8. Have fun with it! Your pond is alive, and like you, it enjoys a new look from time to time. Maybe you want to introduce some new aquatic plants and add some different marginals around the water. Maybe you want to add some accent lights and make it into your own special backyard evening retreat. If plants and lights aren't getting you excited, maybe you want to have a stream or a waterfall designed to expand the feature beyond its current borders. Even just moving some rocks around can bring new life to an old pond. If you'd like some help with ideas, or to discover what is possible, come visit our Outdoor Design Center in Atco, NJ and our team of certified pond experts will get to work transforming your visions of the perfect backyard oasis into reality.
Need more information on getting your water feature ready for the season? Check out this short video below:
Although you wouldn't know it by looking out the window, we are merely five days from the start of Spring. This means it is nearly time to do some annual pond cleaning. Even if your pond was just cleaned last year, leaves and debris have most likely been falling in throughout the winter and decaying into muck on the bottom. Performing a spring cleaning can help prevent future problems from arising throughout the pond season. Some pond enthusiasts are happy to handle their own maintenance, but you can always hire a professional to take care of it for you. For our neighbors in the Camden/Burlington/Gloucester area, Landvista Aquascapes has a team of pond experts that are trained by the best in the world to properly care for your ponds and water features.
Koi and goldfish are the two most popular fish among backyard ponds here in New Jersey. These two species are very closely related to each other; they are both in the cyprinidae (carp) family, but they do have a few key differences. This article will teach you what separates koi from goldfish and common carp, and help you determine which kind of fish is best suited for keeping in your pond.
For koi living in South Jersey, the feeding months run from roughly mid-April through mid-October. This is the time of the year when the pond water is over 55-degrees, and koi metabolisms are breaking down food. The first few weeks you should only feed them a small amount once every other day. When water becomes warmer than 65-degrees you can begin feeding them every day. Knowing how much food to give the fish per session is easy, just give them whatever they will eat within five minutes. Once per day will be plenty. In fact, don't do multiple feedings per day until June or when the water is safely into the 70's.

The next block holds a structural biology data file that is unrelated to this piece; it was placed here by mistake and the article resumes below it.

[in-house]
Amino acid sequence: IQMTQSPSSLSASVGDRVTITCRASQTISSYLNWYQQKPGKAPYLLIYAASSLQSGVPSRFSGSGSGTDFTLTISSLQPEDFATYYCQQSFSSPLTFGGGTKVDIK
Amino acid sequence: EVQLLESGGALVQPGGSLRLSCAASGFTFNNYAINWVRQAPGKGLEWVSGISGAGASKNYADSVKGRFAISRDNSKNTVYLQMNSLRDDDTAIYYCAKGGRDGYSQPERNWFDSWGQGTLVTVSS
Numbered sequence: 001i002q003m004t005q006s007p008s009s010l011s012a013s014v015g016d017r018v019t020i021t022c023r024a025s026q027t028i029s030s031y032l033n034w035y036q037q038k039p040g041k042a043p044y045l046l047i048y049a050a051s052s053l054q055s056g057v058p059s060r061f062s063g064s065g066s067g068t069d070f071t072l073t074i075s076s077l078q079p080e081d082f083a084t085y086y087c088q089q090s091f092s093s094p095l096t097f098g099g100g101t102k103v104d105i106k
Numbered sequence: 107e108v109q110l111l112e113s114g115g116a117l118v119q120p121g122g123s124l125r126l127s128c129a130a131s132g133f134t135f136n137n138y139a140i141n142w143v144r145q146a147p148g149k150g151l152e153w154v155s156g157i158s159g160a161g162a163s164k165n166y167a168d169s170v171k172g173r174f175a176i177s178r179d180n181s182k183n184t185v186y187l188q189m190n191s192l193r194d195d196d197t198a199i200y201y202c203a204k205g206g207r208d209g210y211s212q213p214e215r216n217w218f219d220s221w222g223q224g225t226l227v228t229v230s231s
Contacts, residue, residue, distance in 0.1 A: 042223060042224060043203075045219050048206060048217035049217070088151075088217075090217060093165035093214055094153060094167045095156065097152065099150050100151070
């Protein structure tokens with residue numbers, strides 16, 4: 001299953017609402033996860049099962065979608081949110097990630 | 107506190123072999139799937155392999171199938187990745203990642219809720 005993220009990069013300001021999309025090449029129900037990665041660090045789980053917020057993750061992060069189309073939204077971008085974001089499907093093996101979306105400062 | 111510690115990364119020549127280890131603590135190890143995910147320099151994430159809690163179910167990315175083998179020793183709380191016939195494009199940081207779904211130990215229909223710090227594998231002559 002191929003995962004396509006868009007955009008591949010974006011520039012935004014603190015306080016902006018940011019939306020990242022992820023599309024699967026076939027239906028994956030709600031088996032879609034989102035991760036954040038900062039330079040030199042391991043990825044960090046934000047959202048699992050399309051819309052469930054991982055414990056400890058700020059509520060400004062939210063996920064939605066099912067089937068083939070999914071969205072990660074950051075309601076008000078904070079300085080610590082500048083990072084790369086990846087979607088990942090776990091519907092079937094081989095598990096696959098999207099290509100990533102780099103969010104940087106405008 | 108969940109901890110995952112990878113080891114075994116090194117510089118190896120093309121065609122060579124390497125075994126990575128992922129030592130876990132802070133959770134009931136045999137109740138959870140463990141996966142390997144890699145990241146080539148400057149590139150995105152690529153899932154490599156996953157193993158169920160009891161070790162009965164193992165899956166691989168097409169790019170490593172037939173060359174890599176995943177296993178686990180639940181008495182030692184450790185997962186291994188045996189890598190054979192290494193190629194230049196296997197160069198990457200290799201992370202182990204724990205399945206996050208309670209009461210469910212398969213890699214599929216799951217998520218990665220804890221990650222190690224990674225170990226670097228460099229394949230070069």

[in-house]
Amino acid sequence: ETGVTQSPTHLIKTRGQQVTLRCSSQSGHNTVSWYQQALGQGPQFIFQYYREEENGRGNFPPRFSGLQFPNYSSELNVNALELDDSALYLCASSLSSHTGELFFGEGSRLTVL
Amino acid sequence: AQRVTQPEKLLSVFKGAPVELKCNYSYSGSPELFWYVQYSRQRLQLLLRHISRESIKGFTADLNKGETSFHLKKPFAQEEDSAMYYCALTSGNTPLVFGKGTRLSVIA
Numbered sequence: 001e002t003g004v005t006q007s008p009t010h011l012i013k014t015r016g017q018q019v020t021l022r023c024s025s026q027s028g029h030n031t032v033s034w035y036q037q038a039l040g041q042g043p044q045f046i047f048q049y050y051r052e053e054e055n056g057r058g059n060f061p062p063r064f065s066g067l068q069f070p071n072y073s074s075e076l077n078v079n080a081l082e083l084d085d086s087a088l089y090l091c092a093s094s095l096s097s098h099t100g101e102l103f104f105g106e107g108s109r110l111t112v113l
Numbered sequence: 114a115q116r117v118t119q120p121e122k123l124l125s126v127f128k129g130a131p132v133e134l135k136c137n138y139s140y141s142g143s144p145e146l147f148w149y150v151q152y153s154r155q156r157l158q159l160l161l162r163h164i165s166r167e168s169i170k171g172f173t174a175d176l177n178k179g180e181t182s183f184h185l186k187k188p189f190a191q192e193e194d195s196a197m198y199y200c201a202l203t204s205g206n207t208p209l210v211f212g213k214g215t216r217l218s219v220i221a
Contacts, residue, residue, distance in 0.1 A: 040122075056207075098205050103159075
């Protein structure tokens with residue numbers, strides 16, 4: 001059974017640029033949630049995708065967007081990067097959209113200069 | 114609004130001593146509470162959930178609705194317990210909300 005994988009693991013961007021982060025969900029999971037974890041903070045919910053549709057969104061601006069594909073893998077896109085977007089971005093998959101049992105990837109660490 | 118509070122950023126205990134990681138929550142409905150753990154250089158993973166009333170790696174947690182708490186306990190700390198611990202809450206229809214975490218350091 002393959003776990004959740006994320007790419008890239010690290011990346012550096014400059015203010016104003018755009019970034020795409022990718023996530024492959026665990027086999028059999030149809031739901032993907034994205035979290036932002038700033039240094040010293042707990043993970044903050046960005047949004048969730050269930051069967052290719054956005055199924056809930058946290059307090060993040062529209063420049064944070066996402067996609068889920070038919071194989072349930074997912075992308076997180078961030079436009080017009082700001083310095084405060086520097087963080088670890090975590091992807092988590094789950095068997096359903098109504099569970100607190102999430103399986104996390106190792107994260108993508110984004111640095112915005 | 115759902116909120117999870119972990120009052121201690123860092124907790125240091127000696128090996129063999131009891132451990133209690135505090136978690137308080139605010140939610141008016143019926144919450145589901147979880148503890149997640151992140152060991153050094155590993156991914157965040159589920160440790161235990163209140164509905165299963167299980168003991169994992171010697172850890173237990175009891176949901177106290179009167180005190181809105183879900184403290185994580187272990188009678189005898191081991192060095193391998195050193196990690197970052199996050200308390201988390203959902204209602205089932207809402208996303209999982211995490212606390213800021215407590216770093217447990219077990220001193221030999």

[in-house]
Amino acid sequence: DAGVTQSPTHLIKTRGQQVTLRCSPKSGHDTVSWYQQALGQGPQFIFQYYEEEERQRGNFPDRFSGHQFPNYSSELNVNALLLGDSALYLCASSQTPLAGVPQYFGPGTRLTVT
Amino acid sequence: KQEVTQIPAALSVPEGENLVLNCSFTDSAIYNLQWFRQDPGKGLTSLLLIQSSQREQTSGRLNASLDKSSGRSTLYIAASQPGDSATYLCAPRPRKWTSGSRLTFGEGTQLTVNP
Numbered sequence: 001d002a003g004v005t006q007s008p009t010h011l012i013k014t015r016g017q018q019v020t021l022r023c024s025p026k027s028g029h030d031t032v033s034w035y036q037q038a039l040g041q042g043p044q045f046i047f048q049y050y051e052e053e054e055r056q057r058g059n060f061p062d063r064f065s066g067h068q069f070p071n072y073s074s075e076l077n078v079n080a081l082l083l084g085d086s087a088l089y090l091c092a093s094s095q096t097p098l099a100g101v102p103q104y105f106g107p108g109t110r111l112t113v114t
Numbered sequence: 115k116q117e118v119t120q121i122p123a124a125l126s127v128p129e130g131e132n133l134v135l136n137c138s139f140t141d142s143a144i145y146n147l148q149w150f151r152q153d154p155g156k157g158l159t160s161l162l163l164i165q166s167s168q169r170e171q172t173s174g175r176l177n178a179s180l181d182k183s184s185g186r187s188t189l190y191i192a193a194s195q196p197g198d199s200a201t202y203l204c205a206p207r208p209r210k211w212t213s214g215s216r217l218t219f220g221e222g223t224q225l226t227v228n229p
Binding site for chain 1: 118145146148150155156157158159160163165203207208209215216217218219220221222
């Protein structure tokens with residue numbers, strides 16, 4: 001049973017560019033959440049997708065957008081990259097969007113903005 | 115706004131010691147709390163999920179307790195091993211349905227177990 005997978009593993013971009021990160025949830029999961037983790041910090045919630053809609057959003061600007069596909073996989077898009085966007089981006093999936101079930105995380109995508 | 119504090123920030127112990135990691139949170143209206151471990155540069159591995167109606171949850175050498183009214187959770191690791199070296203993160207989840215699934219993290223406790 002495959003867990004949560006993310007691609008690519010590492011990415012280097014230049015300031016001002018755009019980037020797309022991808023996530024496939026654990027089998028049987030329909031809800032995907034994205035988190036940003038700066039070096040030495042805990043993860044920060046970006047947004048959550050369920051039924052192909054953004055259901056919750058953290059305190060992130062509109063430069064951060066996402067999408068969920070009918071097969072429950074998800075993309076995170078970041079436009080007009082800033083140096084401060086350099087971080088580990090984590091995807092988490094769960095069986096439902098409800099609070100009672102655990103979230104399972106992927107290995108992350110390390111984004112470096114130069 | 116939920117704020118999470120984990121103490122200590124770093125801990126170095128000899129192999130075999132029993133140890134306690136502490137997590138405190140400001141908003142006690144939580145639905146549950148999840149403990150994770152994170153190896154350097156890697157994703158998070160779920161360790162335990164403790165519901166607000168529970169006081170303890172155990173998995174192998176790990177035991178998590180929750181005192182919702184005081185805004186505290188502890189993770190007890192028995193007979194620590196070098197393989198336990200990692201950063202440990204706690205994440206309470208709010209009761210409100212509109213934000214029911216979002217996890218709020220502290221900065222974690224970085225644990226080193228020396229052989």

It is better to underfeed than to overfeed. Koi are foragers, and if your pond is the ecosystem variety, there will naturally be lots of food for your fish to eat among the plants and rocks. To keep the system in balance, a good rule of thumb is to stay at 3" of fish for every 100 gallons of water in the pond. Adhering to this rule will ensure that you don't have more fish waste being created than the filtration can process.
Now, if you would like to learn more and go in depth about feeding koi, I suggest reading the following page by our go-to fish expert, Dr. Erik Johnson. He has written a very thorough article all about koi food, koi eating habits and recommended feeding practices.
Everything you need to know about feeding koi, by Dr. Erik Johnson.
As you might imagine, there are a handful of animals here in South Jersey that given the chance would instinctually treat your koi pond as their private food stash. This is not too surprising considering this is a fish whose beginnings were as a humble food fish, farmed by people in Eastern Asia. As far as we know, the modern ornamental koi has only been around for one or two thousand years, barely a blip on the grand scale of evolution. Its existence here in the pinebarrens is a recent development, brought about by the fascination with Japanese koi ponds in the minds of American soldiers returning from WWII. Even the koi's ancestor, the common carp, has only been in the waters of NJ for since the mid-late 1800's. This means that the wild animals in our backyards have not evolved alongside these fish, something that is both a blessing and a curse for koi-keepers. On the positive side, not having lived among carp/koi means the predators are not accustomed to considering them as a food source; when they get hungry there is no instinct telling fill their belies with carp. On the negative side, it means that when one of those animals discovers a novel and untapped food source in your pond, it will likely exploit it for all its worth.
Landvista Aquascapes provides Pond & Water Feature Design, Installation & Maintenance -Repair services for South New Jersey Homeowners